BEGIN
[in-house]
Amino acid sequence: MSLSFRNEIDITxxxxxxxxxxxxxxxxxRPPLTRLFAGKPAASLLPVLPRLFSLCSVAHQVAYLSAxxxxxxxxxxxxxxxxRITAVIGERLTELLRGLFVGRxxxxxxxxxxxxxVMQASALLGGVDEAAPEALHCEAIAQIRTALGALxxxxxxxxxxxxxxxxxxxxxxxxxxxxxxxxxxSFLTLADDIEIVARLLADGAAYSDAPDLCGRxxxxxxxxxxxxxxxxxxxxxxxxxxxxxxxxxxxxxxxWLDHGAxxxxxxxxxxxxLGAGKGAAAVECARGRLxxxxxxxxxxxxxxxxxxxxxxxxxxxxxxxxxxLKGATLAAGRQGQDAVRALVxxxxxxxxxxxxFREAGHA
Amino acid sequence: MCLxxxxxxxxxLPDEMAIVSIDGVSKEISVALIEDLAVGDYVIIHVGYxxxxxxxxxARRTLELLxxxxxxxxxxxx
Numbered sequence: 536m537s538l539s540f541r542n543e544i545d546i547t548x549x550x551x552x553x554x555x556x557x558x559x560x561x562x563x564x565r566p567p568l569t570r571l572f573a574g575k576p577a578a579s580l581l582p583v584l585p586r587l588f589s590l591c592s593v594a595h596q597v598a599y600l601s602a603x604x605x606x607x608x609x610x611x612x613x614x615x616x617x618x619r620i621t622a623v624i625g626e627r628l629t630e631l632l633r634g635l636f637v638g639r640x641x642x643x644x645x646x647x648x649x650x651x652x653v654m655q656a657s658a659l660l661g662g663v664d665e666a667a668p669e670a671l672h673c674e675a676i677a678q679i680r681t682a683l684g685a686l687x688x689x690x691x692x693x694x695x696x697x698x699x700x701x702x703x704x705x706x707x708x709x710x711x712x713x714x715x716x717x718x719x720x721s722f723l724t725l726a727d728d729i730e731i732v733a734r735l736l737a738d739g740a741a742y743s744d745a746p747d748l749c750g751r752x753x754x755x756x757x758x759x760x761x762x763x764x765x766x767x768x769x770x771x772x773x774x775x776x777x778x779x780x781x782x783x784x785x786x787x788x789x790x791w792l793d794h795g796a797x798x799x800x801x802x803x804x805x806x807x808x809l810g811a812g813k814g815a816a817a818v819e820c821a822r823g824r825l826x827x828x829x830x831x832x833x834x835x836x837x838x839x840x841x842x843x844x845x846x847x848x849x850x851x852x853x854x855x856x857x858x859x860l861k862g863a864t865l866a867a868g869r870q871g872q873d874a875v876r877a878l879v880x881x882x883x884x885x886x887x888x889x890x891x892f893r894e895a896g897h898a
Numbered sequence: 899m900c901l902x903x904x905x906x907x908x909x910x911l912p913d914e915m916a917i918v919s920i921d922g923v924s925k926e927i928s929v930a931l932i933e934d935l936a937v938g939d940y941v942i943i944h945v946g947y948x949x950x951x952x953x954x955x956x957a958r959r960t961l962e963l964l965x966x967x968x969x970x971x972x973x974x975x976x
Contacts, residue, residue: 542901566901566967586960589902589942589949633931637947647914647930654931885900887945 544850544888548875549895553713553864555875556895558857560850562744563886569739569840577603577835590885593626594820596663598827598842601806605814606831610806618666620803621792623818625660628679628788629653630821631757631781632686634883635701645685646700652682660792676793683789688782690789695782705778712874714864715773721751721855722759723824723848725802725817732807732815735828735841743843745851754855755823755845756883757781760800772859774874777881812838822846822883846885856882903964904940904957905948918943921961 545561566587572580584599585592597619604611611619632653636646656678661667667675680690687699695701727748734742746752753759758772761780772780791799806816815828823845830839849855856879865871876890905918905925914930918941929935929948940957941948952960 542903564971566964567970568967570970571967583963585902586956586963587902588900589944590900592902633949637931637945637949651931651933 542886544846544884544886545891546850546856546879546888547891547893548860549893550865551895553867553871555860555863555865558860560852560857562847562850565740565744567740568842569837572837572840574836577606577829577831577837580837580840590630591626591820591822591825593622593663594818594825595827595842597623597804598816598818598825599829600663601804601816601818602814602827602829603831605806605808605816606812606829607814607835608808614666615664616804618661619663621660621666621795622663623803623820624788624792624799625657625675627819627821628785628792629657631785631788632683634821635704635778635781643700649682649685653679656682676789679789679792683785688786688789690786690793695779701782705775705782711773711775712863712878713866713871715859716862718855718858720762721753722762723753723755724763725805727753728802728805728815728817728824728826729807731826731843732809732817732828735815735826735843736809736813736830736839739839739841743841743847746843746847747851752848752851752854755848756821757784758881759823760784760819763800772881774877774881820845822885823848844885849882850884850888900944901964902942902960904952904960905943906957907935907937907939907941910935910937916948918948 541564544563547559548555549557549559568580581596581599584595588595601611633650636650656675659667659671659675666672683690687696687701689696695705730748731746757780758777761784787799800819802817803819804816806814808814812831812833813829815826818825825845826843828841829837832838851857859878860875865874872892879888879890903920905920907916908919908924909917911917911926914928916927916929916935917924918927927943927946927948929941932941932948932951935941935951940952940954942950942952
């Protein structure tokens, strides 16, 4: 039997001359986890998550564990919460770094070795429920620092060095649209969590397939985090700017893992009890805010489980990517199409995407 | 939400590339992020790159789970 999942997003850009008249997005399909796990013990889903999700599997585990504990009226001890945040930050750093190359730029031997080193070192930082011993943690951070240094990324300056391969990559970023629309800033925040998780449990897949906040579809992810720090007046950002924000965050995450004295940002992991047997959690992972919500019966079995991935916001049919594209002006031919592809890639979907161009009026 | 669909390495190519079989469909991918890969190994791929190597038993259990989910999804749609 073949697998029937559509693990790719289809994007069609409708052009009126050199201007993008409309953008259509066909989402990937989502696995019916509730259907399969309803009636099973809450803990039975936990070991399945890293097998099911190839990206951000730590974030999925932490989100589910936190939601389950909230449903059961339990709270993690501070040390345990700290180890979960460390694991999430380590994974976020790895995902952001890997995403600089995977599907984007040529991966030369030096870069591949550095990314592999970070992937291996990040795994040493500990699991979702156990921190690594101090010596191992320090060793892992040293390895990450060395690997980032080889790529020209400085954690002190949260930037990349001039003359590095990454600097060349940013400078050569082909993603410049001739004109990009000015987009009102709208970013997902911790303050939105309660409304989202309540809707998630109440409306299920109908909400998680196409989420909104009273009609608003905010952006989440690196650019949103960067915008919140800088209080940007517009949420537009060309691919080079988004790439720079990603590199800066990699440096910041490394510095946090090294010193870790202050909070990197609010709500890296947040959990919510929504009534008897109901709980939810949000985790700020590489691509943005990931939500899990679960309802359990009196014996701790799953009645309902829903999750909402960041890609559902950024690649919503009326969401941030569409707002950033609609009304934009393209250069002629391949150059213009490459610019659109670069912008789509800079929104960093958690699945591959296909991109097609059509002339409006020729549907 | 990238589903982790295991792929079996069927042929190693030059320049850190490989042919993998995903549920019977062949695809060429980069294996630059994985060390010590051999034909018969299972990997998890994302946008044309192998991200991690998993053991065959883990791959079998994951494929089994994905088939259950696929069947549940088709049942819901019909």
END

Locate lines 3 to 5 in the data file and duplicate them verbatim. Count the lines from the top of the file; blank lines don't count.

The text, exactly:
Amino acid sequence: MCLxxxxxxxxxLPDEMAIVSIDGVSKEISVALIEDLAVGDYVIIHVGYxxxxxxxxxARRTLELLxxxxxxxxxxxx
Numbered sequence: 536m537s538l539s540f541r542n543e544i545d546i547t548x549x550x551x552x553x554x555x556x557x558x559x560x561x562x563x564x565r566p567p568l569t570r571l572f573a574g575k576p577a578a579s580l581l582p583v584l585p586r587l588f589s590l591c592s593v594a595h596q597v598a599y600l601s602a603x604x605x606x607x608x609x610x611x612x613x614x615x616x617x618x619r620i621t622a623v624i625g626e627r628l629t630e631l632l633r634g635l636f637v638g639r640x641x642x643x644x645x646x647x648x649x650x651x652x653v654m655q656a657s658a659l660l661g662g663v664d665e666a667a668p669e670a671l672h673c674e675a676i677a678q679i680r681t682a683l684g685a686l687x688x689x690x691x692x693x694x695x696x697x698x699x700x701x702x703x704x705x706x707x708x709x710x711x712x713x714x715x716x717x718x719x720x721s722f723l724t725l726a727d728d729i730e731i732v733a734r735l736l737a738d739g740a741a742y743s744d745a746p747d748l749c750g751r752x753x754x755x756x757x758x759x760x761x762x763x764x765x766x767x768x769x770x771x772x773x774x775x776x777x778x779x780x781x782x783x784x785x786x787x788x789x790x791w792l793d794h795g796a797x798x799x800x801x802x803x804x805x806x807x808x809l810g811a812g813k814g815a816a817a818v819e820c821a822r823g824r825l826x827x828x829x830x831x832x833x834x835x836x837x838x839x840x841x842x843x844x845x846x847x848x849x850x851x852x853x854x855x856x857x858x859x860l861k862g863a864t865l866a867a868g869r870q871g872q873d874a875v876r877a878l879v880x881x882x883x884x885x886x887x888x889x890x891x892f893r894e895a896g897h898a
Numbered sequence: 899m900c901l902x903x904x905x906x907x908x909x910x911l912p913d914e915m916a917i918v919s920i921d922g923v924s925k926e927i928s929v930a931l932i933e934d935l936a937v938g939d940y941v942i943i944h945v946g947y948x949x950x951x952x953x954x955x956x957a958r959r960t961l962e963l964l965x966x967x968x969x970x971x972x973x974x975x976x